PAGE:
The sealed-beam headlights in widespread use during the later SAR steam years aren't as bad as that but they definitely weren't as easy on the eyes as the classic round headlight. A bit of an aside, the SAR 15F with original headlight are aesthetically the best steam locomotives ever built in my opinion. Mechanically, they weren't that far behind from being the best either. 

 

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Posted by Overmod on Thursday, January 2, 2020 1:33 PM

ShroomZed
But has been said many times, the Niagaras were likely too powerful for what the NYC actually required, and definitely so for a fast freight or dual-service engine.

It's been said many times, but by people who are more or less ignorant both of the Niagara's origin and of how the locomotives could be and were used in service.

As Tuplin noted, it was perfectly easy for a Niagara to do the work of an H10 on an H10's budget of fuel and water.  Presumably any intermediate quality of work would be more or less proportionally achievable, although obviously some further experience with the theory and practice of sliding-pressure firing and perhaps more data on the maintenance consequences would be required to make it more formal as an operations modality.  One might add that even an 'inertial-guidance' version of a GIS database of approaching grade and load changes would greatly assist both the firing and 'Valve Pilot' assisted cutoff and throttle control needed for this kind of operation.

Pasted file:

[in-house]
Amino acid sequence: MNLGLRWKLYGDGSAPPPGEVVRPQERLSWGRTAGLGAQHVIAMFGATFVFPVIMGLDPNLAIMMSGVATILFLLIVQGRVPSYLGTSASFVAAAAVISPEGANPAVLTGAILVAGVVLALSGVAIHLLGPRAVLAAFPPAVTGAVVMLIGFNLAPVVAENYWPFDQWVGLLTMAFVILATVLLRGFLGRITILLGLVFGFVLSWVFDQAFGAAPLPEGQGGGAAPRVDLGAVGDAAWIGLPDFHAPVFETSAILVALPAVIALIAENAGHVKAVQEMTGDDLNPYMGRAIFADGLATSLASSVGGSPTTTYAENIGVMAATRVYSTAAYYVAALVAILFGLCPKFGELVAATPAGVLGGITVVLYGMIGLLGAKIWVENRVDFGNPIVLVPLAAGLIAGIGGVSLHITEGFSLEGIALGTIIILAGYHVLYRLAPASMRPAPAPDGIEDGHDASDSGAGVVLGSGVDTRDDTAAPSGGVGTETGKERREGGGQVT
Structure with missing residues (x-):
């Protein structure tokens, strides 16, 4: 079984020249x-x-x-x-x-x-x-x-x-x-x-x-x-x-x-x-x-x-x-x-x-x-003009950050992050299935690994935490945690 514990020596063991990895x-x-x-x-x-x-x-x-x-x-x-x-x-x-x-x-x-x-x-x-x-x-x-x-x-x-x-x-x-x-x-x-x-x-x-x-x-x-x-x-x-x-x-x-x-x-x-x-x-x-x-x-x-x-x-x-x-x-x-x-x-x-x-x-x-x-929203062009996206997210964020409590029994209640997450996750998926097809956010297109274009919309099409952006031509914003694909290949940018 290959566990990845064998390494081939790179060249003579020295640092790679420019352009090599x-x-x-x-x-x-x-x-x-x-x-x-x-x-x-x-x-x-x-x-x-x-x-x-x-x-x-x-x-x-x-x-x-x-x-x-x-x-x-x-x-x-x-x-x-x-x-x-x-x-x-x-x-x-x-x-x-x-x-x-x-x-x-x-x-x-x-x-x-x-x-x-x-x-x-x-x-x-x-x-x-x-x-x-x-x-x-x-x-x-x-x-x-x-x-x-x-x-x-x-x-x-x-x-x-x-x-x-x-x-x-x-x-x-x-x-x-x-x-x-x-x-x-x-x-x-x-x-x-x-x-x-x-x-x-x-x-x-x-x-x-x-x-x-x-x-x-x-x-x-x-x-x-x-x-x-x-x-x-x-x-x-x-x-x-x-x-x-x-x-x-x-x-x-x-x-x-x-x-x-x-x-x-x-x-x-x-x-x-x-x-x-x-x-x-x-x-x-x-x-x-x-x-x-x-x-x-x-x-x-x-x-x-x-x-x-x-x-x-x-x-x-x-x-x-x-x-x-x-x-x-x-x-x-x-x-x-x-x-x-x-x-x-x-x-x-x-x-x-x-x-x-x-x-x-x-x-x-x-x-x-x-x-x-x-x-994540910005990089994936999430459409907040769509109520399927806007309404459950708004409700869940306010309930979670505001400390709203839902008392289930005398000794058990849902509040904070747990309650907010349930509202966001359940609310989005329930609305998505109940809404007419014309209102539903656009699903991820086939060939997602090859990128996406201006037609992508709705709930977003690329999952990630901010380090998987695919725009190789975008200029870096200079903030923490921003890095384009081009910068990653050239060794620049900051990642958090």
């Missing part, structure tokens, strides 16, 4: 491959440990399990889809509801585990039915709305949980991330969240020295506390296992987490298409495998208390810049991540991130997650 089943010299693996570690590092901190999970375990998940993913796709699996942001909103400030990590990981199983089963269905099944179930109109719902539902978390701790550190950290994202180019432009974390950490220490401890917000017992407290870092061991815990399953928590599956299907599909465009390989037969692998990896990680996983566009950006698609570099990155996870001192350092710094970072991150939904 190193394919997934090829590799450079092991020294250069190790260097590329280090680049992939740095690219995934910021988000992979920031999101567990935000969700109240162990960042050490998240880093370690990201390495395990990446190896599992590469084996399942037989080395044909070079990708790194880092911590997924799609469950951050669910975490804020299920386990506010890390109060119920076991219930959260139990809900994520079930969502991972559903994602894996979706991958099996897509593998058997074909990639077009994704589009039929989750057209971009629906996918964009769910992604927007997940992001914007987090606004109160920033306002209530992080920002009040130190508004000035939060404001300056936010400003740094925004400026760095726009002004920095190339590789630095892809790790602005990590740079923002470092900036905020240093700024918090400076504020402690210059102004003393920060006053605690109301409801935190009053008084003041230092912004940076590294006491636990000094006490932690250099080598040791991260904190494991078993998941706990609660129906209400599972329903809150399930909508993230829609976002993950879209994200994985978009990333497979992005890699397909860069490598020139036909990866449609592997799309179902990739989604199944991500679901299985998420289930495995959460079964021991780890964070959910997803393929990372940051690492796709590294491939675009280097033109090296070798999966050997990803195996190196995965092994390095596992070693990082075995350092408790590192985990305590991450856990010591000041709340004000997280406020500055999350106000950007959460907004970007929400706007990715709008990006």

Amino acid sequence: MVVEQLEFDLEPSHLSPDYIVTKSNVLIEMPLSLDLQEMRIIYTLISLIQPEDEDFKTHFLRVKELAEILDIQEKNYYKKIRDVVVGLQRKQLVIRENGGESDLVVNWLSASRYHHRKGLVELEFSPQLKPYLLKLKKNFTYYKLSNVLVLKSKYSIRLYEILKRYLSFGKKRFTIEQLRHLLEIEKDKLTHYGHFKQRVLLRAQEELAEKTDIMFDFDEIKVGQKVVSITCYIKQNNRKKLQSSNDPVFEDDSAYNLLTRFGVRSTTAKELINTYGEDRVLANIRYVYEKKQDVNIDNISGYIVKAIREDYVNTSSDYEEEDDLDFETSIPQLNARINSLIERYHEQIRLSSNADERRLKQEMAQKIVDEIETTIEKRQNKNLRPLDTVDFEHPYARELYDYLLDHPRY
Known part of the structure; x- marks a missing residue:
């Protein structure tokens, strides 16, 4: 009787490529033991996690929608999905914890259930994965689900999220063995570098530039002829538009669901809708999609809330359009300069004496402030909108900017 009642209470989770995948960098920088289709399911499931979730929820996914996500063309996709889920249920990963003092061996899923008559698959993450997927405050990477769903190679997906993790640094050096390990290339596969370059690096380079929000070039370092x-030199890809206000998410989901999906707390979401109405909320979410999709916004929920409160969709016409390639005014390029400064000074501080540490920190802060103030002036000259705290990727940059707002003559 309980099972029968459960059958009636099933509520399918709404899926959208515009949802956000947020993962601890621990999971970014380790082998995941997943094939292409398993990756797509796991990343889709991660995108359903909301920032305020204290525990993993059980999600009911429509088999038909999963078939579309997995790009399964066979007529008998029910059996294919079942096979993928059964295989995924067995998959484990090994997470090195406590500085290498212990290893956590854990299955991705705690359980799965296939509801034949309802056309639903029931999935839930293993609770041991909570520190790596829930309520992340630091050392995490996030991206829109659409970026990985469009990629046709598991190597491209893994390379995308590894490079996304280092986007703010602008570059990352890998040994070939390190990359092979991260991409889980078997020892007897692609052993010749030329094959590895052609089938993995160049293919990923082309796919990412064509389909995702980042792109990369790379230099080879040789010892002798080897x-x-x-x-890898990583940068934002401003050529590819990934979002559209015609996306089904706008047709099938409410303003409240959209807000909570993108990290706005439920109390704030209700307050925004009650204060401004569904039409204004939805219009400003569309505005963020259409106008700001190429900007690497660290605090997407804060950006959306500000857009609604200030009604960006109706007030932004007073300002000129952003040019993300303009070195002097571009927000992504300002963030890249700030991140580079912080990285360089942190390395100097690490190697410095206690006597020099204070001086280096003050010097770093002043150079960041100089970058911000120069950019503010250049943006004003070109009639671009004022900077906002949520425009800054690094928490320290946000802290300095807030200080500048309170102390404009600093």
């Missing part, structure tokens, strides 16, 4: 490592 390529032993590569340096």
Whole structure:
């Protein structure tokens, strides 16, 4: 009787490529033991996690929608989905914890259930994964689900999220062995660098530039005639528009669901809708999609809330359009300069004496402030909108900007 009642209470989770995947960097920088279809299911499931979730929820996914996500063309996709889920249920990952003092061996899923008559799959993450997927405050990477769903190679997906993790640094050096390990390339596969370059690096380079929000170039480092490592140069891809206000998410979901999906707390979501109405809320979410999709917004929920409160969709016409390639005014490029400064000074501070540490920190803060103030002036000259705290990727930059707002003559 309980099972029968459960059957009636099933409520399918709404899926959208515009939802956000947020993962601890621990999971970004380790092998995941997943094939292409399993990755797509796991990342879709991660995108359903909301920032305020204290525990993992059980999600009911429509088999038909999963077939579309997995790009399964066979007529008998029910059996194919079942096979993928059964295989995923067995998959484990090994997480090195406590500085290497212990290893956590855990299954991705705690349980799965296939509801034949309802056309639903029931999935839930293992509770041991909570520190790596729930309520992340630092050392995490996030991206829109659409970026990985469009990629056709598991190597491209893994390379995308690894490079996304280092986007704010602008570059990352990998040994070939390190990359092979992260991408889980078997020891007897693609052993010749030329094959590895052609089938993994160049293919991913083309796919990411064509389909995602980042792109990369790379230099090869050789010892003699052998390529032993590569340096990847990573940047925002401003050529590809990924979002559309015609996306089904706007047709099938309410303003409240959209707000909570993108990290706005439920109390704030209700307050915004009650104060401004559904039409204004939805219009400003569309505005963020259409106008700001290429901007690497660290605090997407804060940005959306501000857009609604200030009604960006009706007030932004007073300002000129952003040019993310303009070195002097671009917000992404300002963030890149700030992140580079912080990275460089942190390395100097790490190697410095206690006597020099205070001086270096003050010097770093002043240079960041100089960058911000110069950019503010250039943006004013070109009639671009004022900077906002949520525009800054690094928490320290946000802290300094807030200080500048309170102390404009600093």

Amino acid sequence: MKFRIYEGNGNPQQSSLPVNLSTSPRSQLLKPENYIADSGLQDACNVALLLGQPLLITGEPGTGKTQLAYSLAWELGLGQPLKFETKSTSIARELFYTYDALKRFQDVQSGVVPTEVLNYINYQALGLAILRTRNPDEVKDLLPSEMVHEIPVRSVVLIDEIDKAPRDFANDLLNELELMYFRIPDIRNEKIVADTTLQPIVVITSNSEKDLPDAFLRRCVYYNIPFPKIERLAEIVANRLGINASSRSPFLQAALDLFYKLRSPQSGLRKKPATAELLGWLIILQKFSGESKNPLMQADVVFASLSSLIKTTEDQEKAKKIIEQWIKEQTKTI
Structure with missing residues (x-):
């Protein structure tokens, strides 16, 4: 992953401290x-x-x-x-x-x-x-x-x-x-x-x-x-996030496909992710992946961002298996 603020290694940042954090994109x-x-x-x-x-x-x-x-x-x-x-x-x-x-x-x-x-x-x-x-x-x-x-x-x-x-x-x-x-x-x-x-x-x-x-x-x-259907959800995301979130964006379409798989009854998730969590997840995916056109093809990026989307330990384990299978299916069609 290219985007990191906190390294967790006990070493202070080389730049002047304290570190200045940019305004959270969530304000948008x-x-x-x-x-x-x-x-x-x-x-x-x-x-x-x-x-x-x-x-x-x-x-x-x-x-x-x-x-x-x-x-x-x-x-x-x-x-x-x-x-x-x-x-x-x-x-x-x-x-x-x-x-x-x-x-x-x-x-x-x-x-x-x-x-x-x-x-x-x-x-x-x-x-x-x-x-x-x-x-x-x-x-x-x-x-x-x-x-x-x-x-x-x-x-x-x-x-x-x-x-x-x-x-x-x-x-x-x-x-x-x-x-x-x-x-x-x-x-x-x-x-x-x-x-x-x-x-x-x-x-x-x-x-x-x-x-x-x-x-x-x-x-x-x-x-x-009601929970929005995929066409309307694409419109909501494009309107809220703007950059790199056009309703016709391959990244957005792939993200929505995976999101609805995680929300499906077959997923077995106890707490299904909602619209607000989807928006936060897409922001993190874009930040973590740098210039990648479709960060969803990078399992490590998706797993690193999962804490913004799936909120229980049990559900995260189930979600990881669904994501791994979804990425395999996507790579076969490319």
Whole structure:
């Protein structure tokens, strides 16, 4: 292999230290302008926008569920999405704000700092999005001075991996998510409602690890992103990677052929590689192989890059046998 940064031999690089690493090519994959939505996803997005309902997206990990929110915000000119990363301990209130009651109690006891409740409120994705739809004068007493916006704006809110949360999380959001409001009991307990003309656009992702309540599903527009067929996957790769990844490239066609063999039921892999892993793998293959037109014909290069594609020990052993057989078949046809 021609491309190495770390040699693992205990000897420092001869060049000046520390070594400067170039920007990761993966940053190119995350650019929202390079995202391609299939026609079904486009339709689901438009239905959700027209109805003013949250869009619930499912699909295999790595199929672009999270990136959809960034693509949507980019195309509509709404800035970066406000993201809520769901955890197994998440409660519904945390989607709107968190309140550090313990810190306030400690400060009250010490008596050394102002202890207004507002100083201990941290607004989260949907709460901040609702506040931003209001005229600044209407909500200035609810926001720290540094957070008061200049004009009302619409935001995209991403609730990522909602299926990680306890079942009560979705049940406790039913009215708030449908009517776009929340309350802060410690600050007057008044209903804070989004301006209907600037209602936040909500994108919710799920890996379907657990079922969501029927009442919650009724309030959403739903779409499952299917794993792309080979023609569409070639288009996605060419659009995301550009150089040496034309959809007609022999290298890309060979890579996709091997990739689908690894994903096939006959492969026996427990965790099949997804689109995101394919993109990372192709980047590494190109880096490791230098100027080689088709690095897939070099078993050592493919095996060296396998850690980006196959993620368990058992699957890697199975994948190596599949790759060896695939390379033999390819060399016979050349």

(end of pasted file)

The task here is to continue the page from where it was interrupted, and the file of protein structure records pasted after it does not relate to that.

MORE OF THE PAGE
Naturally (as Dave Klepper has suggested in a different post) the true high-speed Timken roller rods might have been less 'cost-effective' applied to a slower dual-service or fast-freight engine.  On the other hand, a somewhat heavier lateral section in these rods (to limit buckling tendency or progressive cracking) and less use of severe inertial-mass reduction like the hollow piston rods and lightweight pistons might have given a Niagara-size engine perfectly adequate performance at much less cost, with 'all the rest' included too.